I’ve written a lot about this in my papers on the New Deal. The strike wave often drops out in a lot of discussions, not in most historians, but in political studies. They don’t tend to take that much account of it. They should. If Biden falls down a couple more times, you may see an effort to find somebody else. Now, you heard it here first. I think they’ll go for a Democratic governor who appears to be far from the madding crowd in Washington and it will probably be a he.

Paul Jay

Could be a she from Michigan.

Thomas Ferguson

If I had to bet, I’d say Gavin Newsom is the first one, but that’s just me. I mean, I could be wrong about that. This is a clinical judgment from a light year away on light for stars that haven’t actually begun to shine yet. This could happen. I think this is the most labile and unstable political situation I think I’ve ever seen.

Paul Jay

Do you think Biden’s hanging on purely for personal reasons, like he just wants to be president again or is Wall Street saying, “You’re the only one we can really get behind?”

Thomas Ferguson

No, I think both. A lot of people in the White House want him to stay in, he wants to stay in, and there’s a constituency that sees he’s electable. They clearly think that they can beat Trump. They are basically calculating, I think, that the abortion issue will help them a lot, which I think it will. In a deep recession, it may not be enough.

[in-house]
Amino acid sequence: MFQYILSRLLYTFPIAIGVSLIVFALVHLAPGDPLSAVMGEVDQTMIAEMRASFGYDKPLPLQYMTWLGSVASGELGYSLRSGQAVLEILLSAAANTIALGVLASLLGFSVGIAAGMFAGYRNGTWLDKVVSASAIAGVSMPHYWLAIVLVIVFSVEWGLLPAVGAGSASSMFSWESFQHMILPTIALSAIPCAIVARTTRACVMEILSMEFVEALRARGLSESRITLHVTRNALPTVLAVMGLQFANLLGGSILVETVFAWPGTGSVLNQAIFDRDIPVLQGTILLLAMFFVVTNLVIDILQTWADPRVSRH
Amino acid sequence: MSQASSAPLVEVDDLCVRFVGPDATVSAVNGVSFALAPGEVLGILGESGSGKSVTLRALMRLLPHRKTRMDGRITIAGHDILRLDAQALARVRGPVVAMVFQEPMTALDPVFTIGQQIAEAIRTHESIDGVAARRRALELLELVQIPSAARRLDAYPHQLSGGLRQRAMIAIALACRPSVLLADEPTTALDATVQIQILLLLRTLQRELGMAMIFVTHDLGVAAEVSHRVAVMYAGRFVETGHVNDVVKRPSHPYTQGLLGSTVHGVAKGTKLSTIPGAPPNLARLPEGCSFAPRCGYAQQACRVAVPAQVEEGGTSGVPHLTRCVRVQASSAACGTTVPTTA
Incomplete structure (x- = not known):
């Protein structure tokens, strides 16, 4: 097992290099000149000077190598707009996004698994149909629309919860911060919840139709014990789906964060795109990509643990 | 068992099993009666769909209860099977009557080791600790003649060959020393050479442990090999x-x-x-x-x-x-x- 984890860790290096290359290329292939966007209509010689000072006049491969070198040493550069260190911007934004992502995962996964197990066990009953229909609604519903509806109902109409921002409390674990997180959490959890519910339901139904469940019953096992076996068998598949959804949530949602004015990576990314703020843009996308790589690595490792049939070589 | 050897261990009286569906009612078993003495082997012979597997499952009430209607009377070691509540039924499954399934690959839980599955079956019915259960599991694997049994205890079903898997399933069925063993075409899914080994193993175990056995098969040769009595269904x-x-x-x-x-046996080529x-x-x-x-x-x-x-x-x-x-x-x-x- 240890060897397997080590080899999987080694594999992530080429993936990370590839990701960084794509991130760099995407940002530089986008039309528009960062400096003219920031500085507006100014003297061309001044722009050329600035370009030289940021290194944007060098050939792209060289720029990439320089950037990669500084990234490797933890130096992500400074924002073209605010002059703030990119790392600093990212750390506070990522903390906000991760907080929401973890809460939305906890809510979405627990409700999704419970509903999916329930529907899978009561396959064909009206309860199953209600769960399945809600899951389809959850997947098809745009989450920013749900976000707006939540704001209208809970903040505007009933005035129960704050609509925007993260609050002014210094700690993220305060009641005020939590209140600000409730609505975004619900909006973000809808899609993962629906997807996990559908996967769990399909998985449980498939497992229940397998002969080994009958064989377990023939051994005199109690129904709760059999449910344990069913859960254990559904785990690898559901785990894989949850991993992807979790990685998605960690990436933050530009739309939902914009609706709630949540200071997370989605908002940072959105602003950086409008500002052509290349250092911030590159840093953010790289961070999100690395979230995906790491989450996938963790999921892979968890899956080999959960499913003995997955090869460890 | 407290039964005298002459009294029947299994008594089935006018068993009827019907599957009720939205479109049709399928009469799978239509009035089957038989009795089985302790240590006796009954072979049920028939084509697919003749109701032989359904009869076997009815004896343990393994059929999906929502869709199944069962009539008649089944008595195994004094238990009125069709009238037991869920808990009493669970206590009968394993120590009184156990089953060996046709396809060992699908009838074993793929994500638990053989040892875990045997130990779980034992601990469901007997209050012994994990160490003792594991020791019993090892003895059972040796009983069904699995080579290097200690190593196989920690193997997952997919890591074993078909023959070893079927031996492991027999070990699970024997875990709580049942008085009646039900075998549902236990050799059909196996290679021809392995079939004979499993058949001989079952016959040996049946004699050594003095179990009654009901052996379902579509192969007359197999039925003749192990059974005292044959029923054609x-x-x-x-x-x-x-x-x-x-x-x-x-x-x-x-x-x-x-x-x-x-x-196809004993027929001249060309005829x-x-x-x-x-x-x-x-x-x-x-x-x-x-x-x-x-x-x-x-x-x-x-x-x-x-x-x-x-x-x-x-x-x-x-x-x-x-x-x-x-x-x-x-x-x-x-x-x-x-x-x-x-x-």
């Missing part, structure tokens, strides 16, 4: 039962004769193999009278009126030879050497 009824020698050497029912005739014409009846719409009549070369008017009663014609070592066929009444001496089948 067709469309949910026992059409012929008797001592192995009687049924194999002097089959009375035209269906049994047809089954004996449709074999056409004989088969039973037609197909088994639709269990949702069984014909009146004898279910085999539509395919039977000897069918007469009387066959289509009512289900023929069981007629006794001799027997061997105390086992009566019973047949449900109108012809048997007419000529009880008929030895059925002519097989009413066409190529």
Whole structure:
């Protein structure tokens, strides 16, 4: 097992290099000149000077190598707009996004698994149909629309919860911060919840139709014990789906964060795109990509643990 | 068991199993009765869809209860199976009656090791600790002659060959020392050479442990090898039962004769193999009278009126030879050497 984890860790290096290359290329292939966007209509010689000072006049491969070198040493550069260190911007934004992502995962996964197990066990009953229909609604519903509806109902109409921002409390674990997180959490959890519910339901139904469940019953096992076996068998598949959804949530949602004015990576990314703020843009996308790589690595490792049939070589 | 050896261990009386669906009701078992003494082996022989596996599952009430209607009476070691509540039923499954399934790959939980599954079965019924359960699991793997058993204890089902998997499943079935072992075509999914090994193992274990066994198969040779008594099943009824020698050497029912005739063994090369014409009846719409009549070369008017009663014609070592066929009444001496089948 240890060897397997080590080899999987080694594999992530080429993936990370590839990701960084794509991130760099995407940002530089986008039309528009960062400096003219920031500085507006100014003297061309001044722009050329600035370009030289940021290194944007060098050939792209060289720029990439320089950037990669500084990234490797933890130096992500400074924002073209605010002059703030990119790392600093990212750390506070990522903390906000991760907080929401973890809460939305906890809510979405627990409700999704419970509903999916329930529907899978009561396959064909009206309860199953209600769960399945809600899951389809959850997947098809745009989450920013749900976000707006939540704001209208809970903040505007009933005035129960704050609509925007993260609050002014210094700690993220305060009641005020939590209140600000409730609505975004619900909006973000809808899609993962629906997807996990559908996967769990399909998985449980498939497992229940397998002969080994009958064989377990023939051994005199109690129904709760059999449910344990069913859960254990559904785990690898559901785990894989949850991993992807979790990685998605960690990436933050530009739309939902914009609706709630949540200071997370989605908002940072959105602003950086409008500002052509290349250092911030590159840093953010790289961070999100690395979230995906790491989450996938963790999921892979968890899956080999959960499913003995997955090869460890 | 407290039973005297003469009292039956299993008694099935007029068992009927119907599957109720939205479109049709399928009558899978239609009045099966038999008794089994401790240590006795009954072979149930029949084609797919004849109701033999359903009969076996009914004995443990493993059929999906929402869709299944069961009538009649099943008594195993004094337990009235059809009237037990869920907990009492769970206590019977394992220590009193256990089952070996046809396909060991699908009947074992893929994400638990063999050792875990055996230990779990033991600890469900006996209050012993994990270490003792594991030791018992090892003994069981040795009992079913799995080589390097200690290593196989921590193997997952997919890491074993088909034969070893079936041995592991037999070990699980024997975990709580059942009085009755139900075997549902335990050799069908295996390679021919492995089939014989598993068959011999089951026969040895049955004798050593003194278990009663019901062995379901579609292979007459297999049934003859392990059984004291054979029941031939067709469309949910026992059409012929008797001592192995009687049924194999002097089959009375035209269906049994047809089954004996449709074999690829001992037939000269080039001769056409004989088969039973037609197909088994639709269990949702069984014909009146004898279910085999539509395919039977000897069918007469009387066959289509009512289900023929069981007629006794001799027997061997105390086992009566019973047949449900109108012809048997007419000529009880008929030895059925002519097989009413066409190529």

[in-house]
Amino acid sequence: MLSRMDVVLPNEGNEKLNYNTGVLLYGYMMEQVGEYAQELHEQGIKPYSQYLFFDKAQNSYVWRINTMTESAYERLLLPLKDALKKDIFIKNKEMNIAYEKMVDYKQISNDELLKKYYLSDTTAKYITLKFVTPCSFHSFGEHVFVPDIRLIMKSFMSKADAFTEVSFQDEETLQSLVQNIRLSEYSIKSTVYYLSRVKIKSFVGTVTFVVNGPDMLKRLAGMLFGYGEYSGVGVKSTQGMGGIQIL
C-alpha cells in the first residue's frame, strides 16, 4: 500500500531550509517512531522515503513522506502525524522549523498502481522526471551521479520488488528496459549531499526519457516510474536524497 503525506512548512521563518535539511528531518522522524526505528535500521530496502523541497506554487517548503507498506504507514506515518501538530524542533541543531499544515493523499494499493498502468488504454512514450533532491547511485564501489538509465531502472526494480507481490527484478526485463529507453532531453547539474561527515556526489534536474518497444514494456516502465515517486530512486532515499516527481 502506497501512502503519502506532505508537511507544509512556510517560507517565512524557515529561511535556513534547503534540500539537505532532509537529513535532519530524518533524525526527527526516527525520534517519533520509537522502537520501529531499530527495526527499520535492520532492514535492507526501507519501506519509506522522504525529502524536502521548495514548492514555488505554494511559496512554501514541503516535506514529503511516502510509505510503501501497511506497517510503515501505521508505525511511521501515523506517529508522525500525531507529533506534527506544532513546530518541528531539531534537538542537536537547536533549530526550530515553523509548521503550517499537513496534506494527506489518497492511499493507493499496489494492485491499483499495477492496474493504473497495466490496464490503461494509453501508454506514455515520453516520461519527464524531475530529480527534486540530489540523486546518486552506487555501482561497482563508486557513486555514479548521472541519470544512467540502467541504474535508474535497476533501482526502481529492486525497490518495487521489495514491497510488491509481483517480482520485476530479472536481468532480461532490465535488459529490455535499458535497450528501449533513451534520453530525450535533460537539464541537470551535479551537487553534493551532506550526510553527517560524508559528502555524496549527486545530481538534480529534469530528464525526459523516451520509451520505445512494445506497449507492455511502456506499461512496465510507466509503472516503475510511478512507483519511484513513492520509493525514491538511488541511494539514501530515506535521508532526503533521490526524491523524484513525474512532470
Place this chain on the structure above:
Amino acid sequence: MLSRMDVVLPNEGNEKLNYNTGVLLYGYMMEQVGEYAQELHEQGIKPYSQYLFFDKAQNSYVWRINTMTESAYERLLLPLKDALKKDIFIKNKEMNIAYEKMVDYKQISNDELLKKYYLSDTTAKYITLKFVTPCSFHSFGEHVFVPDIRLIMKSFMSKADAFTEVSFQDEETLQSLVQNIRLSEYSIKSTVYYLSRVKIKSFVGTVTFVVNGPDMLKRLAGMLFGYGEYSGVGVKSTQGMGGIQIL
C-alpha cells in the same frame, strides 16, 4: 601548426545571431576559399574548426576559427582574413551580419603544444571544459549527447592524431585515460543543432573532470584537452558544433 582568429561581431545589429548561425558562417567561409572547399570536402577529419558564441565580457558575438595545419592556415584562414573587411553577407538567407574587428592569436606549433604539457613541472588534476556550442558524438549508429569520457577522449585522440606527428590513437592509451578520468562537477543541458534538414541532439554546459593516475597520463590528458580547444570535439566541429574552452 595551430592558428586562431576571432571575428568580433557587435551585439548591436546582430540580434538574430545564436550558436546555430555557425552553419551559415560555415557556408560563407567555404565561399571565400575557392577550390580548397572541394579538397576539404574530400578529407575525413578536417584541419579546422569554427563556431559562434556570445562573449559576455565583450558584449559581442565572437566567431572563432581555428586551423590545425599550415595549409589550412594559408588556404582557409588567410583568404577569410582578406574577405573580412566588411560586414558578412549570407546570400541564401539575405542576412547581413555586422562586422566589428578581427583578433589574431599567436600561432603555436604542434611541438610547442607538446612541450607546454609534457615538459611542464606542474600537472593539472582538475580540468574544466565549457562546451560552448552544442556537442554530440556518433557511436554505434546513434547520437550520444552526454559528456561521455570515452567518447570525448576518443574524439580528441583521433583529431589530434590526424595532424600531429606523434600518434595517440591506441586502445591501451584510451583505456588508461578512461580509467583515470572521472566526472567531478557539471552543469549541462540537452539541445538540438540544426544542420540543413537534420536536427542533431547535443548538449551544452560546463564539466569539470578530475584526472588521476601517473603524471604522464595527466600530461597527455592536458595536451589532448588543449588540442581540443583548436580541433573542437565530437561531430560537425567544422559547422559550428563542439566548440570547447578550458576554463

I repeat the point that nobody in the White House, and for that matter, nobody in Congress, can control what the reactions are on the streets as inflation just persists. Right now, you got lots of people saying it’s going to drop. I think it’s going to drop too, but, well, let’s see how much it does and see what happens. Particularly, the White House moved way too fast to roll back all of the special provisions that they put in place under COVID, and in particular, the business about allowing people to do medical tests and paying for medical tests; that stuff’s virtually all gone now. In effect, I’ve seen it hyperbolized this way, but it’s very clear if you just say it, they were almost running a small European welfare state for a while under COVID. If you needed medical tests, you could get them, and you could actually get the treatment you needed too. That stuff is all gone now. Yes, COVID hasn’t disappeared, but neither has all kinds of other normal medical stuff. We haven’t seen how people will react to this, particularly as their real wages erode. This is a very interesting situation. I want to focus on that. The erosion of real wages and the possibility of strike waves. I mean, there’s clearly a lot of small strikes happening, and we’re just getting into the summer. We’re just getting into the summer.